British Association for American Studies


Book Review: Philosophy and Literature in Times of Crisis: Challenging Our Infatuation with Numbers by Michael Mack

Michael Mack, Philosophy and Literature in Times of Crisis: Challenging Our Infatuation with Numbers (London & New York: Bloomsbury, 2014) 234pp

imagesPhilosophy and Literature in Times of Crisis is, very consciously, a timely book. The crisis of the title is the political climate in which higher education in the arts and humanities currently finds itself. In the face of demands to demonstrate its economic contribution, arts education and research has been encouraged to make sometimes questionable claims for its ‘impact,’ its transferable values, or, in the event that its economic worth is not so readily visible, to make equally grandiose statements in support of its ethical or philanthropic mission.

Michael Mack’s book, which analyses the structure of the arguments against the humanities, and considers how both literature and philosophy might counter such arguments without recourse to the specious logic of government interference, should therefore be welcomed. In addressing its subject at a fundamental and foundational level, it interrogates the basic conditions which underlie contemporary attitudes to the arts and their uses, illuminating the genealogy of modern ideology in our theological inheritance and the anxieties attending the creep of secularisation over the last two hundred years. However, such ambition seems to necessitate one of two approaches—either polemical and brief or lengthy and analytical. Mack aims directly between the two, and therein lays the book’s weaknesses.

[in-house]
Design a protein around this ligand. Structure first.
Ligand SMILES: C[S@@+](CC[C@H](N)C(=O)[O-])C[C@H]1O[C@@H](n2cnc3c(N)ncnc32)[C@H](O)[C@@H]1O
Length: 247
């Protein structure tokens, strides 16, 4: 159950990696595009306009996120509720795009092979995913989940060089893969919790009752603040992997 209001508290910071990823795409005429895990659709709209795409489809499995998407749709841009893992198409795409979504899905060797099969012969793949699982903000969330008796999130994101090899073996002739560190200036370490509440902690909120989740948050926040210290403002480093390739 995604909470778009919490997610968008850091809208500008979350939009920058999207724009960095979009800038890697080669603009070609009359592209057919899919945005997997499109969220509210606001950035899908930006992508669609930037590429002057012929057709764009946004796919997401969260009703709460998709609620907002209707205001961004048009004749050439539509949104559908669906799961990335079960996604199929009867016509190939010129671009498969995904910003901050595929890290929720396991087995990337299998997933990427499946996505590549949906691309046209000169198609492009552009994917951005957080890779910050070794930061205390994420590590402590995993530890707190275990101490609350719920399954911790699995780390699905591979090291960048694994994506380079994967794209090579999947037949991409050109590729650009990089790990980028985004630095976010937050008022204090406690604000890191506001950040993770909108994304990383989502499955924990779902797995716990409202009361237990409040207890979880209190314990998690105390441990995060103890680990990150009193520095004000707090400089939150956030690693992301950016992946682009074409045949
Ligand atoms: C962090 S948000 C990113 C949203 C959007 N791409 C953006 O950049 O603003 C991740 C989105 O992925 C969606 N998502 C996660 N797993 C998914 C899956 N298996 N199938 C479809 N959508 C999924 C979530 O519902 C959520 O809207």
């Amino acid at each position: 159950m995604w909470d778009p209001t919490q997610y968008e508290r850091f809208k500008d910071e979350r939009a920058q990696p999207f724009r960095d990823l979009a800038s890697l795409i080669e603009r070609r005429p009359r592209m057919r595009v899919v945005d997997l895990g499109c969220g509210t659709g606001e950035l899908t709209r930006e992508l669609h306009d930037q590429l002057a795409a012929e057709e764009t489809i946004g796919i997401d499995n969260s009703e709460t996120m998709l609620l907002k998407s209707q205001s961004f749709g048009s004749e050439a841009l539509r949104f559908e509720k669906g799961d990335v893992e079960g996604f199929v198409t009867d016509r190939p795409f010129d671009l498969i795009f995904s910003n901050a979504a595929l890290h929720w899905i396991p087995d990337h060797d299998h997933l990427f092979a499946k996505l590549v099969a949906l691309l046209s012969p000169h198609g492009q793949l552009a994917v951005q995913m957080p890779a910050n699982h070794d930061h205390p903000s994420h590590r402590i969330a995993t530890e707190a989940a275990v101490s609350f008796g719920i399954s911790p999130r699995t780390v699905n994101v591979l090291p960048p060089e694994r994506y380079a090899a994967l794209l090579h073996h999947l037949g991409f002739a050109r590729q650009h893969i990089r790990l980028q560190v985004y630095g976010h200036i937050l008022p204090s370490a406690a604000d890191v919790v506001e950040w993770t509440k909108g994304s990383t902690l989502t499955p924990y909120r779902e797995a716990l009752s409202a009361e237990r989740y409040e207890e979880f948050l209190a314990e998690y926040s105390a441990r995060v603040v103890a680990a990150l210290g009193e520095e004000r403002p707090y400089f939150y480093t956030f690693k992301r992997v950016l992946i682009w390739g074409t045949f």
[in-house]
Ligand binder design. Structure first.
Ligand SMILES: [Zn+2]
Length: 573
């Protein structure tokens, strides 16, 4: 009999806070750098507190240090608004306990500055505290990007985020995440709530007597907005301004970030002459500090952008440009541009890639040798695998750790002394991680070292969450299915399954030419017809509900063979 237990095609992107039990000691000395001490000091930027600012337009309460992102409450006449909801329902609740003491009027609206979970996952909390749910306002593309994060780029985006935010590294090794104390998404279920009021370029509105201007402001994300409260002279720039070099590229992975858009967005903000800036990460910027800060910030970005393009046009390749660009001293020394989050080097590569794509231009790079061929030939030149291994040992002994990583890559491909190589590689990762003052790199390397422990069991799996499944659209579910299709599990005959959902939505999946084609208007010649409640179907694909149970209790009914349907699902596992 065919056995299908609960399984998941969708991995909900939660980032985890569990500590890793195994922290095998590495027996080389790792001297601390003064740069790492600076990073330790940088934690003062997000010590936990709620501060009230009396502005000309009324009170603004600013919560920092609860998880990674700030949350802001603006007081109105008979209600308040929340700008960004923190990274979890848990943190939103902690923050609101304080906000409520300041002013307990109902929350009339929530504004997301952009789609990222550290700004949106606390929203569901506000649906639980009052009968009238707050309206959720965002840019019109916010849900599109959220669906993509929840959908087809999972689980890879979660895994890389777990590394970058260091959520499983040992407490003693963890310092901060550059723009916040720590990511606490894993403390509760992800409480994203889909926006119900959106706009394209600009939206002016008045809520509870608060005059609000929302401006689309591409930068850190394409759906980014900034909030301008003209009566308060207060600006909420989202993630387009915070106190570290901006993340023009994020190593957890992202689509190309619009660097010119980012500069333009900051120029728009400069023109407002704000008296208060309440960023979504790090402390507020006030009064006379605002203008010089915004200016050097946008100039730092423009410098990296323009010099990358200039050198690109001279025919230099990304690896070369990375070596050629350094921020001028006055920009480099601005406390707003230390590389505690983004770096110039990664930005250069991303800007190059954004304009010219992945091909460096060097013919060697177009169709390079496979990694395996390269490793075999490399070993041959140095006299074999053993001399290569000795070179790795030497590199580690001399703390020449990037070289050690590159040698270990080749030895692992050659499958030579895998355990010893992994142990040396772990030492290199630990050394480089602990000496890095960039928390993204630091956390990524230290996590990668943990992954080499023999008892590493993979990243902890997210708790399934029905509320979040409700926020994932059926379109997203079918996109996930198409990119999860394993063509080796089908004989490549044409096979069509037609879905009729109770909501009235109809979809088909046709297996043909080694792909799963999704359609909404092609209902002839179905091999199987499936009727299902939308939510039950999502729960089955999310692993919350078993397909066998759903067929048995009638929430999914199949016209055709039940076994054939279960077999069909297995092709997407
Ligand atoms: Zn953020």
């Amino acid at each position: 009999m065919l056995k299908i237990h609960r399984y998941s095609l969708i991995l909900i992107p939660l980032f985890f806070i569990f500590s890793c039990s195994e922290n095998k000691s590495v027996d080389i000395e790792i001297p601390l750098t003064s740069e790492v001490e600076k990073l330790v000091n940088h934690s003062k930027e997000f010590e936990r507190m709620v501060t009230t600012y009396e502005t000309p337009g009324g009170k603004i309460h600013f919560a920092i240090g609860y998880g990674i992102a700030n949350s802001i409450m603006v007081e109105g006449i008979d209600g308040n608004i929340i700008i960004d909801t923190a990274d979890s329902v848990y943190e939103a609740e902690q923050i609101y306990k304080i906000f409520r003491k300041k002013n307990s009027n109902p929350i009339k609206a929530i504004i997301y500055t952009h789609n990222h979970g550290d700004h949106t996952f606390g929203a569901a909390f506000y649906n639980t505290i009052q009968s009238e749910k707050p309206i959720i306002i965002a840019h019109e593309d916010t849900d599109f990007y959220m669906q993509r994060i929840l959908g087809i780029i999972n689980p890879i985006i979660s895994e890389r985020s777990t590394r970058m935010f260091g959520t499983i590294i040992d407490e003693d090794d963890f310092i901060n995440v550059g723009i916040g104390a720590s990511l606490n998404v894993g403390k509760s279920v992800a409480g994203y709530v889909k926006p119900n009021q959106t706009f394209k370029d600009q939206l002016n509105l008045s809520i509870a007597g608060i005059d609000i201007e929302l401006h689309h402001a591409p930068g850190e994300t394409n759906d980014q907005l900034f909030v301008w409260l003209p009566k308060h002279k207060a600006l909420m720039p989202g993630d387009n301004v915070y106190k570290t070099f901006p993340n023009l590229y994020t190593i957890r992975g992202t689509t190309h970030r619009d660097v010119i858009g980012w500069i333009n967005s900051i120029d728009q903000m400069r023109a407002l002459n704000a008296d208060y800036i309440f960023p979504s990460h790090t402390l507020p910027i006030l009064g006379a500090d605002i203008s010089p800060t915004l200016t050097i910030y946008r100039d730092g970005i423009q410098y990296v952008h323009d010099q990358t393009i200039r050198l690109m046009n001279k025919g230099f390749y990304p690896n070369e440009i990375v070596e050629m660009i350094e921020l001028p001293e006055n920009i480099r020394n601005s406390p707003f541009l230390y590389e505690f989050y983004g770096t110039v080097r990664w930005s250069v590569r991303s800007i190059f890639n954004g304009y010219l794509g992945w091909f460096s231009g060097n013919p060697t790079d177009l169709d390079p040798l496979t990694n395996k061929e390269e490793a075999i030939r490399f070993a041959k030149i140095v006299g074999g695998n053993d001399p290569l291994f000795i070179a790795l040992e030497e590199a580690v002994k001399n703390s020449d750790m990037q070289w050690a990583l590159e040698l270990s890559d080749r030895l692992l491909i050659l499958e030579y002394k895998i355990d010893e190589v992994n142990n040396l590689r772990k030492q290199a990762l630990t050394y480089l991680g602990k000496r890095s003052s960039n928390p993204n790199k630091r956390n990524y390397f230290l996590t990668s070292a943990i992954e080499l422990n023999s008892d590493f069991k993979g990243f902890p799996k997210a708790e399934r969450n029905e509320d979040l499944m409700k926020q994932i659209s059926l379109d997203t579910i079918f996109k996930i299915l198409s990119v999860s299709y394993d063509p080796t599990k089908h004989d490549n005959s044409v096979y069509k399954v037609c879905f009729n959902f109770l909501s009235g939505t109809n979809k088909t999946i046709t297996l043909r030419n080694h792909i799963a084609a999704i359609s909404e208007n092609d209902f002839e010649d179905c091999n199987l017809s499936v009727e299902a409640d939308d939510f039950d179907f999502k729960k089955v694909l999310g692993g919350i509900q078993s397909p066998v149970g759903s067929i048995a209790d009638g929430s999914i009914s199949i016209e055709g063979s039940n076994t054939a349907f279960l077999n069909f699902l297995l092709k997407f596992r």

Mack is at his best when synthesising critical and philosophical positions toward establishing their influence over attitudes to the merits of the arts. The commodification of knowledge is effectively traced from C P Snow, through Lyotard’s observations on the inadequacies of narrative, to the assumptions of modern society that the defined and consumable fact should be the proper object of intellectual enquiry. Later, a solid critique of humanism’s propensity to be undermined by its own intransigence takes in Spinoza, Deleuze, Arendt, and Agamben in a discussion of the moral structure of Nazism, a synthesis that effectively defends the existence of a perpetual critical tradition which must be immune to all forms of political interference. As these points perhaps suggest, however, Mack is much more compelling when writing about philosophy than engaging in literary close reading, and his efforts in this line tend to underwhelm.